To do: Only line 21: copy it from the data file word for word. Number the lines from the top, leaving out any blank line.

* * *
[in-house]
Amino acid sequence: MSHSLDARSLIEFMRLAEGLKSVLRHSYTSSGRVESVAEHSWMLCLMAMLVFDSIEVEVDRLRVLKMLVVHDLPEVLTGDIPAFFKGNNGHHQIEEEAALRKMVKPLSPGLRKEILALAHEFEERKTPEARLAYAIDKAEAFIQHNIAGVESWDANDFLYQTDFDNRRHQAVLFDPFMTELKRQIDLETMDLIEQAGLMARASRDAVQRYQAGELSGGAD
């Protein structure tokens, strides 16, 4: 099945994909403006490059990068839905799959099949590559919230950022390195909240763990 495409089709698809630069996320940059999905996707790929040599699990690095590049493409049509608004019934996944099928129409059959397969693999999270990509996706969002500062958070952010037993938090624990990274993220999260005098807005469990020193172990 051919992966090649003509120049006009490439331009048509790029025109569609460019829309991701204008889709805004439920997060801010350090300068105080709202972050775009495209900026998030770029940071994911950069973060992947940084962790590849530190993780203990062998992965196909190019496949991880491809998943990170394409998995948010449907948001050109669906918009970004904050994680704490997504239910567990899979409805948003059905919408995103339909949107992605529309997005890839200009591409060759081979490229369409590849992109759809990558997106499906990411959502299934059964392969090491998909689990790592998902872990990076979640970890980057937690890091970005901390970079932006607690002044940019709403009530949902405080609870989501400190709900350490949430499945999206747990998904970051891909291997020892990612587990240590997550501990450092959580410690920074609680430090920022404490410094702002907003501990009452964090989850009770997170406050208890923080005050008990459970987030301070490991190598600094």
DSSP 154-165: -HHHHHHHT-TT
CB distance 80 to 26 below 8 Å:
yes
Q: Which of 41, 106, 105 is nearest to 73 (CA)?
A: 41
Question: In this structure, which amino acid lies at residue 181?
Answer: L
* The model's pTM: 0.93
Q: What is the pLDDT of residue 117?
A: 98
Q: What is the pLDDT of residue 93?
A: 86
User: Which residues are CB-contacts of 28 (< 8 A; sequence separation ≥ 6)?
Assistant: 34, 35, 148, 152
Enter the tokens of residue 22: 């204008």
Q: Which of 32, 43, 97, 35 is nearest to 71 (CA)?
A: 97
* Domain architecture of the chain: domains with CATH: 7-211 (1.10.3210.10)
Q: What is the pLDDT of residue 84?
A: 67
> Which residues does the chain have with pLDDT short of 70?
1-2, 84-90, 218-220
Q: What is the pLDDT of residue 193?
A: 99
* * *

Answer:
* Domain architecture of the chain: domains with CATH: 7-211 (1.10.3210.10)